Parenting

That which is of paramount importance for the children, that which must precede all else, is to teach them the oneness of God and the Laws of God. For lacking this, the fear of God cannot be inculcated, and lacking the fear of God an infinity of odious and abominable actions will spring up, and sentiments will be uttered that transgress all bounds . . . parents must exert every effort to rear their offspring to be religious, for should the children not attain this greatest of adornments, they will not obey their parents, which in a certain sense means that they will not obey God. Indeed, such children will show no consideration to anyone, and will do exactly as they please.

Bahá’u’lláh, Bahá’í Education, p. 6

Also a father and mother endure the greatest troubles and hardships for their children; and often when the children have reached the age of maturity, the parents pass on to the other world. Rarely does it happen that a father and mother in this world see the reward of the care and trouble they have undergone for their children.

‘Abdu’l-Bahá, Some Answered Questions, p. 231-232

And further, those present should concern themselves with every means of training the girl children; with teaching the various branches of knowledge, good behaviour, a proper way of life, the cultivation of a good character, chastity and constancy, perseverance, strength, determination, firmness of purpose; with household management, the education of children, and whatever especially applieth to the needs of girls -- to the end that these girls, reared in the stronghold of all perfections, and with the protection of a goodly character, will, when they themselves become mothers, bring up their children from earliest infancy to have a good character and conduct themselves well.

‘Abdu’l-Bahá, Selections from the Writings of ‘Abdu’l-Bahá, p. 123

The material result is the children who are born in the cradle of love of God, who are nurtured by the breast of the knowledge of God, and who are brought up in the bosom of the gift of God, and who are fostered in the lap of the training of God. Such children are those of whom it was said by Christ, "Verily, they are the children of the Kingdom!"

‘Abdu’l-Bahá, Tablets of ‘Abdu’l-Bahá v3, p. 605-606

Shoghi Effendi was deeply saddened to learn from your letter... of the rather serious situation which your daughter's conduct and her general attitude towards the Cause have created... Although he highly deplores this fact, and is fully aware of the bad repercussions which it may have on the Cause, yet he feels that nothing short of your motherly care and love and of the counsels which you and the friends can give her, can effectively remedy this situation. Above all, you should be patient, and confident that your efforts to that end are being sustained and guided through the confirmations of Bahá’u’lláh. He is surely hearing your prayers, and will no doubt accept them, and thus hasten the gradual and complete materialization of your hopes and expectations for your daughter and for the Cause. The Guardian would advise you, therefore, not to take any drastic action with regard to your daughter's attendance at the meetings... For in this way, there is much greater chance to reform her character than through force or any other drastic method. Love and kindness have far greater influence than punishment upon the improvement of human character. The Guardian, therefore, trusts that by this means you will succeed in gradually introducing a fundamental change in your daughter's life, and also in making of her a better and truer believer. He is fervently praying on her behalf that she may fully attain this station.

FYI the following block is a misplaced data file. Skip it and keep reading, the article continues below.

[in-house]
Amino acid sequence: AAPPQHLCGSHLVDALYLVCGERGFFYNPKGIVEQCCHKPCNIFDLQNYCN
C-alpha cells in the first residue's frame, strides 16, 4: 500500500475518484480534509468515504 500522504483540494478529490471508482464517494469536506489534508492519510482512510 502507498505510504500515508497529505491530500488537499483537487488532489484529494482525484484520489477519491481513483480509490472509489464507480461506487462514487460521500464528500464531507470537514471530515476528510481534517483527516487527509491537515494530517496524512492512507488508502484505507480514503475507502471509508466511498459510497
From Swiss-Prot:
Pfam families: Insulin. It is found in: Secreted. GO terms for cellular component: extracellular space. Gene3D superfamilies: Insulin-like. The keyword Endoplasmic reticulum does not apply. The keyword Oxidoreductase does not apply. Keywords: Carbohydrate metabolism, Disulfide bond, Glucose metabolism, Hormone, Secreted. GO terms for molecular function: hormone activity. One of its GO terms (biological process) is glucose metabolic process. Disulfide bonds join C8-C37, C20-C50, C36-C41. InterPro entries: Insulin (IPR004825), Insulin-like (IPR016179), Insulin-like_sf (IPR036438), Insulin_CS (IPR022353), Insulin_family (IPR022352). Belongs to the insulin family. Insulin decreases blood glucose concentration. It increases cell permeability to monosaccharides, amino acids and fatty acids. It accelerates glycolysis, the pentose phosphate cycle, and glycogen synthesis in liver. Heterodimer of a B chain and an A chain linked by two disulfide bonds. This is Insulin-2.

Shoghi Effendi, The Compilation of Compilations vol. I, p. 300

And now we wish to address a few words to parents, who bear the primary responsibility for the upbringing of their children. We appeal to them to give constant attention to the spiritual education of their children. Some parents appear to think that this is the exclusive responsibility of the community; others believe that in order to preserve the independence of children to investigate truth, the Faith should not be taught to them. Still others feel inadequate to take on such a task. None of this is correct. The beloved Master has said that "it is enjoined upon the father and mother, as a duty, to strive with all effort to train the daughter and the son," adding that, "should they neglect this matter, they shall be held responsible and worthy of reproach in the presence of the stern Lord." Independent of the level of their education, parents are in a critical position to shape the spiritual development of their children. They should not ever underestimate their capacity to mold their children's moral character. For they exercise indispensable influence through the home environment they consciously create by their love of God, their striving to adhere to His laws, their spirit of service to His Cause, their lack of fanaticism, and their freedom from the corrosive effects of backbiting. Every parent who is a believer in the Blessed Beauty has the responsibility to conduct herself or himself in such a way as to elicit the spontaneous obedience to parents to which the Teachings attach so high a value. Of course, in addition to the efforts made at home, the parents should support Bahá’í children's classes provided by the community. It must be borne in mind, too, that children live in a world that informs them of harsh realities through direct experience with the horrors already described or through the unavoidable outpourings of the mass media. Many of them are thereby forced to mature prematurely, and among these are those who look for standards and discipline by which to guide their lives. Against this gloomy backdrop of a decadent society, Bahá’í children should shine as the emblems of a better future.

The Universal House of Justice, Ridván 157, 2000, p. 9